Many holidays are linked to faiths and religions (see etymology above). Christian holidays are defined as part of the liturgical year, the chief ones being Easter and Christmas. The Orthodox Christian and Western-Roman Catholic patronal feast day or "name day" are celebrated in each place's patron saint's day, according to the Calendar of saints. Jehovah's Witnesses annually commemorate "The Memorial of Jesus Christ's Death", but do not celebrate other holidays with any religious significance such as Easter, Christmas or New Year's. This holds especially true for those holidays that have combined and absorbed rituals, overtones or practices from non-Christian beliefs into the celebration, as well as those holidays that distract from or replace the worship of Jehovah. In Islam, the largest holidays are Eid ul-Fitr (immediately after Ramadan) and Eid al-Adha (at the end of the Hajj). Ahmadi Muslims additionally celebrate Promised Messiah Day, Promised Reformer Day, and Khilafat Day, but contrary to popular belief, neither are regarded as holidays. Hindus, Jains and Sikhs observe several holidays, one of the largest being Diwali (Festival of Light). Japanese holidays contain references to several different faiths and beliefs. Celtic, Norse, and Neopagan holidays follow the order of the Wheel of the Year. Some are closely linked to Swedish festivities. The Bahá'í Faith observes 11 annual holidays on dates determined using the Bahá'í calendar. Jews have two holiday seasons: the Spring Feasts of Pesach (Passover) and Shavuot (Weeks, called Pentecost in Greek); and the Fall Feasts of Rosh Hashanah (Head of the Year), Yom Kippur (Day of Atonement), Sukkot (Tabernacles), and Shemini Atzeret (Eighth Day of Assembly).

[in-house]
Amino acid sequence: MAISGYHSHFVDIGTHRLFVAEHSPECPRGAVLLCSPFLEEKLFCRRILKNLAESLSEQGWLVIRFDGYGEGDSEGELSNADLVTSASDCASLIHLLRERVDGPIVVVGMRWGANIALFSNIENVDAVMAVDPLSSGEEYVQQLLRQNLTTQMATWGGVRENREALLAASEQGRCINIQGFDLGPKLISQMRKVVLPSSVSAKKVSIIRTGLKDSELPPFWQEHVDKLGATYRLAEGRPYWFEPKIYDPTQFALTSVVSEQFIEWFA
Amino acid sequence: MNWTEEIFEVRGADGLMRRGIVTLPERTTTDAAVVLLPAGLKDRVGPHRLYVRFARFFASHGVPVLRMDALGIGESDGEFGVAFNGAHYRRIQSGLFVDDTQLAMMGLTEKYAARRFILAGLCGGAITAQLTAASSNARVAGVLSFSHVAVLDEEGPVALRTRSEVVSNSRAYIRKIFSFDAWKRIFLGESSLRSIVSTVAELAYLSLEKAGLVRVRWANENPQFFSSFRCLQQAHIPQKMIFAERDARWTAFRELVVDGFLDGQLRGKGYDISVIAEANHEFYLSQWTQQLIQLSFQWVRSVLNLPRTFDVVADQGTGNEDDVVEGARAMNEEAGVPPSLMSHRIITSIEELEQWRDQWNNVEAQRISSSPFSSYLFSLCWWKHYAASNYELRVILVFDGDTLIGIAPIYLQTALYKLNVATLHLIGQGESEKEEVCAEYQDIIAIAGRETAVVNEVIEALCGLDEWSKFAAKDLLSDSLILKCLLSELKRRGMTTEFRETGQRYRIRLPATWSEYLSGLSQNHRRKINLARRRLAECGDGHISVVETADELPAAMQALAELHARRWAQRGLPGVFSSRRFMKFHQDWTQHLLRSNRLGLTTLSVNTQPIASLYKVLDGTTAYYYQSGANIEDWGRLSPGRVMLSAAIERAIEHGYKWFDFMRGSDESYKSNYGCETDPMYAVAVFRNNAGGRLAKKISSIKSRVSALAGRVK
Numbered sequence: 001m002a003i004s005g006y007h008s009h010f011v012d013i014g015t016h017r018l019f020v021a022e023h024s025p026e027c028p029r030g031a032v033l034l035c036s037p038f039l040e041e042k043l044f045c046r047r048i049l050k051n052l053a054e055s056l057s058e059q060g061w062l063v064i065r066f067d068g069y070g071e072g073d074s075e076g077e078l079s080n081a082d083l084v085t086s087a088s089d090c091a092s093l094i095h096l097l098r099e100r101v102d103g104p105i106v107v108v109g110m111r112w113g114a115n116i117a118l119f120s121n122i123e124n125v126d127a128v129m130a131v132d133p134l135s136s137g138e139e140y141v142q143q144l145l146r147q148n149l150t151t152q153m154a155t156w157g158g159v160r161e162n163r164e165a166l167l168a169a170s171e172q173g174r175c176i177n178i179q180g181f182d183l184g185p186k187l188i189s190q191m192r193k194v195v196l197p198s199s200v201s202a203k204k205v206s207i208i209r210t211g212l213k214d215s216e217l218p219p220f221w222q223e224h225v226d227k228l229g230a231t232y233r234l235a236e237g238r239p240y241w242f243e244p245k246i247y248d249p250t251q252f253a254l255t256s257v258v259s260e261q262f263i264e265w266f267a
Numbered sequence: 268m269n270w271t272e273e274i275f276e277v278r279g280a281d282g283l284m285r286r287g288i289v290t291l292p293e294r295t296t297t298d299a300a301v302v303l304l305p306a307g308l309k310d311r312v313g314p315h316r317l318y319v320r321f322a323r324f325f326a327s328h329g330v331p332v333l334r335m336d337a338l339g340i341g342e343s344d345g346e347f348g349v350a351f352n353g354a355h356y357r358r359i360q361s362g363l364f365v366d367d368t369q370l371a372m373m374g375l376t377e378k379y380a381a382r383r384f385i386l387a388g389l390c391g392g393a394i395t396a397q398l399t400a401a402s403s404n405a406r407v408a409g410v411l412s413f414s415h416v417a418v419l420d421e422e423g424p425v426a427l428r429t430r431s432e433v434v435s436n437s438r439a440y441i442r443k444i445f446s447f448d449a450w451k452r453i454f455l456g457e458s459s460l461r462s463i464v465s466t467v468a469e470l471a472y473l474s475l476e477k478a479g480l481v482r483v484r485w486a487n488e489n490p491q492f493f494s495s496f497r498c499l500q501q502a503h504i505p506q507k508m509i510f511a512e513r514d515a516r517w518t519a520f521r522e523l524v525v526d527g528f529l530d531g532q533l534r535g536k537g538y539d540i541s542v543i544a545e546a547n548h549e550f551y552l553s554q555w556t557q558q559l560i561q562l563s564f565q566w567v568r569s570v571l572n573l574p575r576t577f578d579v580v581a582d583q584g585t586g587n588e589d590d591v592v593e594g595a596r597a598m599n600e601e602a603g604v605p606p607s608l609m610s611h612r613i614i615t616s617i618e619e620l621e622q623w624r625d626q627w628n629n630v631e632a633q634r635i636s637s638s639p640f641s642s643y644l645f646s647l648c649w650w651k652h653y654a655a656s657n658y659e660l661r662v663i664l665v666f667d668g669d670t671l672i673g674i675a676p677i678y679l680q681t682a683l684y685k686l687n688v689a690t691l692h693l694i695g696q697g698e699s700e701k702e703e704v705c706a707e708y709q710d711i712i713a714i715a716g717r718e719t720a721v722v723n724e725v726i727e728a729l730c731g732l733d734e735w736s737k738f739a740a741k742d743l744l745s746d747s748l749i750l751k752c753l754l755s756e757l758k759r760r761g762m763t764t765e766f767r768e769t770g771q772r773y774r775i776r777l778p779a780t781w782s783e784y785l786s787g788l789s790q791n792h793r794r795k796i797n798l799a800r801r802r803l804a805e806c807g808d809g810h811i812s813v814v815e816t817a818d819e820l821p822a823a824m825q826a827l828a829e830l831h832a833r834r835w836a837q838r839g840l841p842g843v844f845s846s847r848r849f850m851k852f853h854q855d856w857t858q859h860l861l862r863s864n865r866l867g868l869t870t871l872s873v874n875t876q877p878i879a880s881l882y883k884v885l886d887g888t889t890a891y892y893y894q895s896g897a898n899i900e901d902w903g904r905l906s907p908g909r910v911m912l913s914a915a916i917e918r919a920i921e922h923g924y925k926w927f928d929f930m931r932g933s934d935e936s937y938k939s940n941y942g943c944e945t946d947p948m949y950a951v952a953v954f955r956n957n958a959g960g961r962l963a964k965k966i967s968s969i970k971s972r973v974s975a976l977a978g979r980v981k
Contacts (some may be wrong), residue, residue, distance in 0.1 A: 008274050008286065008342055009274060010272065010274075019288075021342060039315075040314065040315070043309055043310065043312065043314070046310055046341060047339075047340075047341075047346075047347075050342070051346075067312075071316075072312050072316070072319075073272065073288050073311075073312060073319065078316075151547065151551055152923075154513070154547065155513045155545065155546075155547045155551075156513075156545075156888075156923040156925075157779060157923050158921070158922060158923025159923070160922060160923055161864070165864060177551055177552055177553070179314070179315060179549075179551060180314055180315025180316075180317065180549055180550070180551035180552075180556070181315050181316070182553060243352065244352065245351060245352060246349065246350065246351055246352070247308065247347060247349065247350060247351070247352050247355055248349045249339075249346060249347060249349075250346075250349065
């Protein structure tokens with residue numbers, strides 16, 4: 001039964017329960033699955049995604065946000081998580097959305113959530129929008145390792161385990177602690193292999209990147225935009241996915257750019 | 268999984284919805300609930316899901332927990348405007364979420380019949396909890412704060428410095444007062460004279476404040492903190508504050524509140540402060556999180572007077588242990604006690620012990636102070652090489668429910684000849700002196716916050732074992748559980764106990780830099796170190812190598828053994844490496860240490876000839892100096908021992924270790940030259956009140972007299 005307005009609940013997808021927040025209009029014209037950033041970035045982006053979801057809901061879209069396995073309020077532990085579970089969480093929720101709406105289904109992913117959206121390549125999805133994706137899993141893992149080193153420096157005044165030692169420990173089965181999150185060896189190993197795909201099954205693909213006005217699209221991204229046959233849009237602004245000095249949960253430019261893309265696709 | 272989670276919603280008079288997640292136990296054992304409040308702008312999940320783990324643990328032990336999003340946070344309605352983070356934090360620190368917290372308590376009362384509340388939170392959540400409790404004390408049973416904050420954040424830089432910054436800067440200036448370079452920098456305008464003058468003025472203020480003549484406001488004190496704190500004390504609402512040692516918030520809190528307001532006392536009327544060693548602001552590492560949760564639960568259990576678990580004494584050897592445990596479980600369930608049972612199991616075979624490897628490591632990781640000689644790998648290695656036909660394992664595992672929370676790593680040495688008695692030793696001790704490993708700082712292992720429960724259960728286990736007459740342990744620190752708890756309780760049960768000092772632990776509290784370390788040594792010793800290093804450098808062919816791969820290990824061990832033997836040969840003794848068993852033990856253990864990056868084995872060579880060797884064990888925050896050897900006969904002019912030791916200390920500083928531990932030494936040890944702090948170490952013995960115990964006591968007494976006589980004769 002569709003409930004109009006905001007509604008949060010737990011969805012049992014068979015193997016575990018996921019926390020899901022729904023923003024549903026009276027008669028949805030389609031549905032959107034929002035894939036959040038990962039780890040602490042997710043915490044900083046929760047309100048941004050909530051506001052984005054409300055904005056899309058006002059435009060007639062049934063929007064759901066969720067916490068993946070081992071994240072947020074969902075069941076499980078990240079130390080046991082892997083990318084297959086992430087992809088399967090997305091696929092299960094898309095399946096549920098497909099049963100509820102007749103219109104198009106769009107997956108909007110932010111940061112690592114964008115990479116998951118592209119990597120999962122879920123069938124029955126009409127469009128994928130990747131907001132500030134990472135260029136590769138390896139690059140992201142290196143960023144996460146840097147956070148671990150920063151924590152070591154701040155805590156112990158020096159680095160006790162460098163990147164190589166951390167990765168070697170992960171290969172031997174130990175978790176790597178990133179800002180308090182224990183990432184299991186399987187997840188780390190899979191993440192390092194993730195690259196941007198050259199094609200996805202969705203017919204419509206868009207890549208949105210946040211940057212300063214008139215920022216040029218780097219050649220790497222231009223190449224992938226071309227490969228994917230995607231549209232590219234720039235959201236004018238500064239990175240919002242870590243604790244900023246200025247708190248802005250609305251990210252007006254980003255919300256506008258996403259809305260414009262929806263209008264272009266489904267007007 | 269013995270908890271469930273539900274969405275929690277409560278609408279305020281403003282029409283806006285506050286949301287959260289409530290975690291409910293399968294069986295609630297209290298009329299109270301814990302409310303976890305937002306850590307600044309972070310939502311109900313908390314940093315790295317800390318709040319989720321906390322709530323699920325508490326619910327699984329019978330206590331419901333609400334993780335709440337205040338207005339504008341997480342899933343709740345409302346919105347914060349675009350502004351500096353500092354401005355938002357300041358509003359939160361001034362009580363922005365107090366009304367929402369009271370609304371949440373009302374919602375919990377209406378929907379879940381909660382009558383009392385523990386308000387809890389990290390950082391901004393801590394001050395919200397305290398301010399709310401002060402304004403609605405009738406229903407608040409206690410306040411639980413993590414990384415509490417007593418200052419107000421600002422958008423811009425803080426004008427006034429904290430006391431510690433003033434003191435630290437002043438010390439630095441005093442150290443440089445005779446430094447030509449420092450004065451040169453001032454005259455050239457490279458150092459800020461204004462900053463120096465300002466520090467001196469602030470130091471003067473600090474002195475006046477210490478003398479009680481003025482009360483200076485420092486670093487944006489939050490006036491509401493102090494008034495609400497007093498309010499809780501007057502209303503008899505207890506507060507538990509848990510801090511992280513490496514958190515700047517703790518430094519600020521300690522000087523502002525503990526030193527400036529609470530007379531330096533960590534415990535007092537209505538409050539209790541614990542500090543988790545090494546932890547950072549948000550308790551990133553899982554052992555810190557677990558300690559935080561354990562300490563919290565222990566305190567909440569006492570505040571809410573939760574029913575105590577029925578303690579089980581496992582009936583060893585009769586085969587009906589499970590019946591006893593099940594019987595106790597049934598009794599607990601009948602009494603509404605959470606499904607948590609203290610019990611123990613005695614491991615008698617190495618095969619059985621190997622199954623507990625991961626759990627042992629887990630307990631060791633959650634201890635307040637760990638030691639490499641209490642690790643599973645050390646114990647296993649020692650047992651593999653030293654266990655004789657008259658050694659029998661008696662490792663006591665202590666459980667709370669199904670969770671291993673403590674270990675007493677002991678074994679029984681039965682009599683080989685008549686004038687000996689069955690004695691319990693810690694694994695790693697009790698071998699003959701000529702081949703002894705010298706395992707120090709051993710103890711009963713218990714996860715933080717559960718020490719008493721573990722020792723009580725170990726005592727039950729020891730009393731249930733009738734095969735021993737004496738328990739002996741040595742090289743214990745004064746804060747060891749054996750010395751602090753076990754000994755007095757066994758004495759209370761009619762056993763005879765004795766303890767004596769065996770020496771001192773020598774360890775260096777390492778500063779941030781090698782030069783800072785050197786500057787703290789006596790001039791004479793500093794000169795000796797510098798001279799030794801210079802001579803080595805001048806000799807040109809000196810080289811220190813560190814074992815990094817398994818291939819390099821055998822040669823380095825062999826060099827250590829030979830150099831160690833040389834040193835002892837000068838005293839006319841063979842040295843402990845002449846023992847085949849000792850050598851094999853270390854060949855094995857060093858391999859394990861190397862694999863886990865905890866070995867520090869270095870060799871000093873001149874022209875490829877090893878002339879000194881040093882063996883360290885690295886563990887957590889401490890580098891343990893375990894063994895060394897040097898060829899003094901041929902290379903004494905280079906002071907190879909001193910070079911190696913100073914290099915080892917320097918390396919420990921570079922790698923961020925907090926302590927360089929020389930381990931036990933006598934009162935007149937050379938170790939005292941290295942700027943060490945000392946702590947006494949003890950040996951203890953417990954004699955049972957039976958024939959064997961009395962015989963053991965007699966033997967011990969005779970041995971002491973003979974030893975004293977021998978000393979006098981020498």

See Category:Religious holidays for complete listings of holidays associated with particular religions.